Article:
Computing competitors IBM, Sun plan collaboration

Two longtime rivals in computing, IBM ibm and Sun Microsystems sunw, plan to cooperate on some server technologies, a move that could put pressure on Hewlett-Packard hpq.

Sun's chief executive, Jonathan Schwartz, called it a "comprehensive relationship" that "represents a tectonic shift in the market landscape."

The collaboration announced Thursday will enable Sun's Solaris operating system to run on IBM servers. That means customers using Sun servers can switch to IBM hardware without having to rewrite programs.

At first this will be possible on IBM's "x" series of servers, which also run Microsof's Windows or the open-source Linux system. But eventually IBM hopes to bring Solaris to mainframe computers, the big multitasking machines that have been one of the company's core profit centers for decades.

IBM has been expanding the kinds of programs that can run on mainframes to encourage customers to consolidate multiple servers onto these bigger machines as a cost-saving move.

These steps threaten to take Sun servers out of action in favor of IBM machines. But Sun can gain from this partnership by collecting Solaris subscriptions and service revenue from customers who run that operating system on IBM hardware. Otherwise, Sun risked losing customers entirely to IBM.

That also is in keeping with Sun's strategy to rebound from a devastating slump in the first part of the decade by expanding its role as a software vendor. This week, Sun and Google goog expanded their partnership as Google began distributing Sun's StarOffice suite of word processing, spreadsheets and other desktop programs.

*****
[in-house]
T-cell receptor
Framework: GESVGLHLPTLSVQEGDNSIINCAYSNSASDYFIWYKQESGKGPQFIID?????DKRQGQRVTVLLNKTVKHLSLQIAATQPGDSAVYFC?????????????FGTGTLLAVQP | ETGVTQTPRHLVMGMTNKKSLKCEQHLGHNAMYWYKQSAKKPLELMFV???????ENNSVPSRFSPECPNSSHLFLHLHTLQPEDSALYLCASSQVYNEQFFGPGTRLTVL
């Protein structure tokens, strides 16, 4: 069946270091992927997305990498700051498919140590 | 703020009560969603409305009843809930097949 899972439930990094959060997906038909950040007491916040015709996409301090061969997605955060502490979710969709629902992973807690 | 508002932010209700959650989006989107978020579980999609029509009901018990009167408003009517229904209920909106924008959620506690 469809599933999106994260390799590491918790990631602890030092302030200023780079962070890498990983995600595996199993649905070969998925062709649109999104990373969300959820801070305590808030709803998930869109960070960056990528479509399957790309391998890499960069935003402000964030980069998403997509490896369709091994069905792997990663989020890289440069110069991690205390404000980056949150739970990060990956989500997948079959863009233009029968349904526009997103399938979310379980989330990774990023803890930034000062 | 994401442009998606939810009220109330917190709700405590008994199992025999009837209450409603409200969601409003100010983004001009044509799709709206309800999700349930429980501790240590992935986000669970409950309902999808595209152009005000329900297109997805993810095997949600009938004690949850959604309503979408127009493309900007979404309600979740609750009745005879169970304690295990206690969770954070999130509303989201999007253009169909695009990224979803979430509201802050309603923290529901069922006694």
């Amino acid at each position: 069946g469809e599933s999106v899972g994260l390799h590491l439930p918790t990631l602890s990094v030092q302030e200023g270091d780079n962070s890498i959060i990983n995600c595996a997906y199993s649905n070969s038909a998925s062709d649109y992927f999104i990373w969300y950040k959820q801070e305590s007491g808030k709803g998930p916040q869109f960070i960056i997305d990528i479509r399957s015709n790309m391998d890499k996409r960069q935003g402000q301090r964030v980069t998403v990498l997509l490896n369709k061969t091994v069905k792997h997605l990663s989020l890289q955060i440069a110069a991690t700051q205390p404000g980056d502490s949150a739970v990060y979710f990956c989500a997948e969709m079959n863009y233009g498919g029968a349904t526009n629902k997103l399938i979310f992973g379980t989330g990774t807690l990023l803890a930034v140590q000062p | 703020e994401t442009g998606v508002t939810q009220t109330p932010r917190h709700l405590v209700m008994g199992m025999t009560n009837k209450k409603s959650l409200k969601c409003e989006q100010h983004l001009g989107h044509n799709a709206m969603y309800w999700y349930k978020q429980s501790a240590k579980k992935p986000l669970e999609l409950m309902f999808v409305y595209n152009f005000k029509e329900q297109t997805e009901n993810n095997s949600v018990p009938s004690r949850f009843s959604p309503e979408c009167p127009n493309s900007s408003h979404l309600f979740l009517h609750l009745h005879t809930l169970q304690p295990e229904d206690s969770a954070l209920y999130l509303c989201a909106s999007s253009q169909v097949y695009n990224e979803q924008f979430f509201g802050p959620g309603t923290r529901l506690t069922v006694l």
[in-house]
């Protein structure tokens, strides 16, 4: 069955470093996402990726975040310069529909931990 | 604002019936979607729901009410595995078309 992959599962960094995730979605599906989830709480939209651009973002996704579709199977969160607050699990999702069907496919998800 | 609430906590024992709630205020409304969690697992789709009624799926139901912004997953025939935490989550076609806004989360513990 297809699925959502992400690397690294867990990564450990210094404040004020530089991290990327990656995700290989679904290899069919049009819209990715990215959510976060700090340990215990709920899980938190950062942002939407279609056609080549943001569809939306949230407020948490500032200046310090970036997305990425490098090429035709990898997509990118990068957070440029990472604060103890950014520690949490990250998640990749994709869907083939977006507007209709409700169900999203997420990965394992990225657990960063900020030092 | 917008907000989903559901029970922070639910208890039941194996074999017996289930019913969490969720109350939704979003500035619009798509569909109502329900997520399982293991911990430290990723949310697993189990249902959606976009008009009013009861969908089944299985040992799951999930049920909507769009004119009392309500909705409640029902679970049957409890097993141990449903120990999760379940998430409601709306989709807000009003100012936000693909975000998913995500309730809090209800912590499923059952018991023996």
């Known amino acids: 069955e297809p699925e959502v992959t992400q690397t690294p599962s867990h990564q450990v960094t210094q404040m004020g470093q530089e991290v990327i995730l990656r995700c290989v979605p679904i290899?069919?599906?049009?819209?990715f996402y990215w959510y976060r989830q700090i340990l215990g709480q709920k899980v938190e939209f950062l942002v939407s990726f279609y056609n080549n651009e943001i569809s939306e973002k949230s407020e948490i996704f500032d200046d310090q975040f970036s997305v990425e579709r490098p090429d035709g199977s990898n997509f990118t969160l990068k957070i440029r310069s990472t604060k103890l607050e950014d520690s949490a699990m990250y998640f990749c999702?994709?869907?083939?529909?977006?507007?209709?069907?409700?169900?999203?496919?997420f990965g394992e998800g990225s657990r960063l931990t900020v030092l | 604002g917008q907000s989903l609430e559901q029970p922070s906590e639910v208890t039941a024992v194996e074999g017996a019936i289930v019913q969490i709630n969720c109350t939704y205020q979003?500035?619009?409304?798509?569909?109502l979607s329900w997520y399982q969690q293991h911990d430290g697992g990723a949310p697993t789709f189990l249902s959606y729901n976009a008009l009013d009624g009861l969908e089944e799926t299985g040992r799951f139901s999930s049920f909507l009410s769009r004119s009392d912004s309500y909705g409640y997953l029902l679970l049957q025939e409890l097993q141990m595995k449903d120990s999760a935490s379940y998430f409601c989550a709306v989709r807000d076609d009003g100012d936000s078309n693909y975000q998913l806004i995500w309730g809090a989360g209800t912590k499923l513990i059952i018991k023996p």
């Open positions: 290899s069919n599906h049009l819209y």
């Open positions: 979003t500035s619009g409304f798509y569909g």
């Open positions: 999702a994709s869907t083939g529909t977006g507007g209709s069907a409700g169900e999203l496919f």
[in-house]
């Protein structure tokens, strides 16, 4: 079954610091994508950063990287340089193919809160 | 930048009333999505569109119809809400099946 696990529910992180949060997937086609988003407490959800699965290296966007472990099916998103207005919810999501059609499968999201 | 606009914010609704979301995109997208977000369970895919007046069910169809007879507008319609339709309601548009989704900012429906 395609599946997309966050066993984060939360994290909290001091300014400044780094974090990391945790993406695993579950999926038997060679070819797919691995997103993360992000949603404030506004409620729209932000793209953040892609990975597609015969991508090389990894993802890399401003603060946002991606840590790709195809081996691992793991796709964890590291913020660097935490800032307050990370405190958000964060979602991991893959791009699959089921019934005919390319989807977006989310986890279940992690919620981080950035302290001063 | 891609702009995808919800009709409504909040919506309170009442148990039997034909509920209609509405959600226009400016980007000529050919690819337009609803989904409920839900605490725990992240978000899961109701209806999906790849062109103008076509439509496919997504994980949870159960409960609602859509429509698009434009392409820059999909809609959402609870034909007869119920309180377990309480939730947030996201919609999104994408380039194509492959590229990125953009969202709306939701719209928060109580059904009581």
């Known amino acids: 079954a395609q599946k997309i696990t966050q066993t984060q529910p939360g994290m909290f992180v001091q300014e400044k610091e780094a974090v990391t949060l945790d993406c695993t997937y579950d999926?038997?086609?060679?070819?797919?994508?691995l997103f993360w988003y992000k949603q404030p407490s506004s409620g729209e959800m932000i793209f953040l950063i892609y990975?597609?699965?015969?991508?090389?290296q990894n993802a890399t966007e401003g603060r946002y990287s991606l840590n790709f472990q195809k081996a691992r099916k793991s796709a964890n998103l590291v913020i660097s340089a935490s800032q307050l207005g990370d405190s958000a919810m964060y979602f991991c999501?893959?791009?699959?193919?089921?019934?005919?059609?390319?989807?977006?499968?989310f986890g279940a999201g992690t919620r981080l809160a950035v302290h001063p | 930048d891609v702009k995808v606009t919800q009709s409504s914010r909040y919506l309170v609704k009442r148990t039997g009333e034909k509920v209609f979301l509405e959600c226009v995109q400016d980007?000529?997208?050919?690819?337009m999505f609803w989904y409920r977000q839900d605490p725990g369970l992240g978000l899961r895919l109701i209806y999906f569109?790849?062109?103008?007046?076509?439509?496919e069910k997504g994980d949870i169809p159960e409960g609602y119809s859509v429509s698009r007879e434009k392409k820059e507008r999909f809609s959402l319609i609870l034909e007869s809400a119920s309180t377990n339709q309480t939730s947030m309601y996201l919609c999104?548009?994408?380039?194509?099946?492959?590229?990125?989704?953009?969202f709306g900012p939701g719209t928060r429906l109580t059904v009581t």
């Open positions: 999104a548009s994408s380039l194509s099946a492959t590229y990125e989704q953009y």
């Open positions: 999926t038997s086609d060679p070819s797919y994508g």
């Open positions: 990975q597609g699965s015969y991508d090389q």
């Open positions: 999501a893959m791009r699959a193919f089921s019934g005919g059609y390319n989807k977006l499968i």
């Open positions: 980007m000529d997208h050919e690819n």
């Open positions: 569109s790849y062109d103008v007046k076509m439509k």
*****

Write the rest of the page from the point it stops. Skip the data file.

"Our view is when you make your products available on other people's platforms, you just meet more customers, which just gives you more opportunities," Schwartz said.

Left out of the mix here is Hewlett-Packard, which is locked in a battle with IBM for leadership in the worldwide server market. IBM and HP each had 29% share in the most recent figures compiled by market tracker IDC, while Sun and Dell dell were tied for third with 11% each.

"Hopefully it's the beginning of what could be a stronger, cooperative set of offerings between our two firms," William Zeitler, who heads IBM's hardware business, said in a conference call with Schwartz.

Relationships like the Sun-IBM deal, in which companies collaborate on one front and compete on others, are common in the technology world.

But analyst Bob Djurdjevic of Annex Research said this could herald something deeper between IBM, based in Armonk, N.Y. and Sun, based in Santa Clara, Calif. — perhaps an eventual acquisition of Sun by its older, larger rival.

In that scenario, IBM and Sun would have a broad software portfolio to sell together, and they could join forces on the very expensive development of next-generation microprocessors for their servers.

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